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Forum: Grappling with Globalization

Author(s):
International Monetary Fund. External Relations Dept.
Published Date:
August 2006
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How can the United States successfully manage the challenges of globalization? A new paper by Peter Orszag (Brookings Institution) and Michael Deich (The Hamilton Project), “Meeting the Challenge of a Global Economy: Trade, Economic Security and Effective Government,” recommends a philosophy of “embracing international competition while investing in workers and market-friendly insurance.”

The paper, which provided the basis for a July 25 seminar, at the Brookings Institution in Washington, D.C., calls for boosting overall productivity in the United States through a broader sharing of the benefits and costs of trade, which can be achieved through investment in education, research, and social safety nets.

A new social compact

In separate panels, Gene Sperling (Center for American Progress) and Larry Mishel (Economic Policy Institute), who were skeptical about free trade and globalization, parted company with Robert Rubin (Citigroup, Inc.), Lawrence H. Summers (Harvard University), and Robert Altman (Evercore Partners), who expressed staunch optimism.

Sperling voiced concern over the stagnation of median wages and the job insecurity faced by white-collar workers. He called for a “new social compact on globalization” that takes into account the implications of free trade for the average U.S. worker, social safety nets, and labor and environmental standards. Mishel noted that “trade between consenting adults is fine” but also argued that safety nets and universal health care were essential, too.

A seismic shift in economic history

Rubin, Summers, and Altman were in agreement that the current wave of globalization represented a seismic shift in economic history. Summers said, “I don’t see how anyone could think that you can add several hundred million people to the world labor market and substantially broaden the range and number of tradable goods without having pervasive effects that will be felt throughout the spectrum.”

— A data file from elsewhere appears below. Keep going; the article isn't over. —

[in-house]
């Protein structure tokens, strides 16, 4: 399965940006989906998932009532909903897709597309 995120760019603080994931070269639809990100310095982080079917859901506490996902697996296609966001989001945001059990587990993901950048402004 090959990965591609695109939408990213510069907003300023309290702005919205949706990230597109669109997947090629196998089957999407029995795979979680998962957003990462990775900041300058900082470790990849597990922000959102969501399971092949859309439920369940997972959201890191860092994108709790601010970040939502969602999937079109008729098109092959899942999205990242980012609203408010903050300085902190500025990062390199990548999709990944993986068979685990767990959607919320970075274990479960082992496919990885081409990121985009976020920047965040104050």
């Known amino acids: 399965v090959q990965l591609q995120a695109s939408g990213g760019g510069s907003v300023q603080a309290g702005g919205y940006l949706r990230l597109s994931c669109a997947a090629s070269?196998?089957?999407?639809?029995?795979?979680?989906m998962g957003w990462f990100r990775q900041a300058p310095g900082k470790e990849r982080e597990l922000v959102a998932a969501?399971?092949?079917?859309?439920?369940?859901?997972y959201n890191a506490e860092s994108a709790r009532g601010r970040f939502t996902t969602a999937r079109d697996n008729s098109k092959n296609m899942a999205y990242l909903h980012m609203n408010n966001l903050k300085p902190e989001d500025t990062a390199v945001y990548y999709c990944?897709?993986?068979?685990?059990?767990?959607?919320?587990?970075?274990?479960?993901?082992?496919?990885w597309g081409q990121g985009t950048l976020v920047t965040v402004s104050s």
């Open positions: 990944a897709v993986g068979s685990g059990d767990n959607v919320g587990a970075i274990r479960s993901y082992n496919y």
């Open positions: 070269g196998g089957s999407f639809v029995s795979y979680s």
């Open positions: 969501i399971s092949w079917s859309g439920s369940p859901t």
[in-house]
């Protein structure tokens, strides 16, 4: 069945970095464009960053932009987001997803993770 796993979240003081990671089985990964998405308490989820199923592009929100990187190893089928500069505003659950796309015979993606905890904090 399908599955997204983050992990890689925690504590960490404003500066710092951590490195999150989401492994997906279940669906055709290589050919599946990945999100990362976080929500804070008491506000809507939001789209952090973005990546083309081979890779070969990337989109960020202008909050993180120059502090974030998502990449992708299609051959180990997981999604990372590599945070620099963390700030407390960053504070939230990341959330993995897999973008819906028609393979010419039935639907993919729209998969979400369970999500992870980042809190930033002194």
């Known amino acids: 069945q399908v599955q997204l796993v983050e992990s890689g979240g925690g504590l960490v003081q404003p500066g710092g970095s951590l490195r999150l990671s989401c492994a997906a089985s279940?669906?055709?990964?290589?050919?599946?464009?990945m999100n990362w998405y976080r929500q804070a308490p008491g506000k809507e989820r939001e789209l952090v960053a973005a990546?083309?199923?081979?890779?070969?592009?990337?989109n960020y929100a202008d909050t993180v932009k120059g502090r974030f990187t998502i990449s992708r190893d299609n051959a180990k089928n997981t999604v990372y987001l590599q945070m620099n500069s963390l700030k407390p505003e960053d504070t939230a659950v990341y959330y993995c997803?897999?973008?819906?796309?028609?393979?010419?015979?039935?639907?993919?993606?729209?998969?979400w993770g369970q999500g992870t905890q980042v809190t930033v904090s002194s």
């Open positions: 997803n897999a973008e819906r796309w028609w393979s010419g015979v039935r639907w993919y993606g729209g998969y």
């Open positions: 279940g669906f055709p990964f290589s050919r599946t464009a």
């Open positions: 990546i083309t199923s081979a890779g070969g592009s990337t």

Rubin regretted that the U.S. political system has been silent on these issues. The conditions for such a debate,” he said, “don’t even exist.” When asked whether ecological issues should be a topic for discussion, Rubin said that “concerns about global warming and climate change are growing and are likely to become an important part of public policy debates.”

However, Altman cautioned against excessive pessimism about the impact of the seismic shift. China and India are becoming the world’s biggest markets for goods and services, and this, he said, will have a positive impact on the United States by increasing the wealth of its economy. The idea that China’s economic progress will be smooth is fallacious, he added. As with other countries in the past, it will not occur without interruptions or hiccups.

Moving costs

Altman also warned against too much focus on international wage differentials, because moving jobs around the world has costs. The press continually fails to mention the additional costs involved, for example, supervisory management costs, which make net cost differentials significantly smaller, he argued. There are plenty of opportunities for the United States to go on the offensive, Altman pointed out, because the United States “has not been as diligent,” particularly in enforcing existing trade agreements and encouraging freely floating exchange rates, especially in Asia.

Ina Kota

IMF External Relations Department

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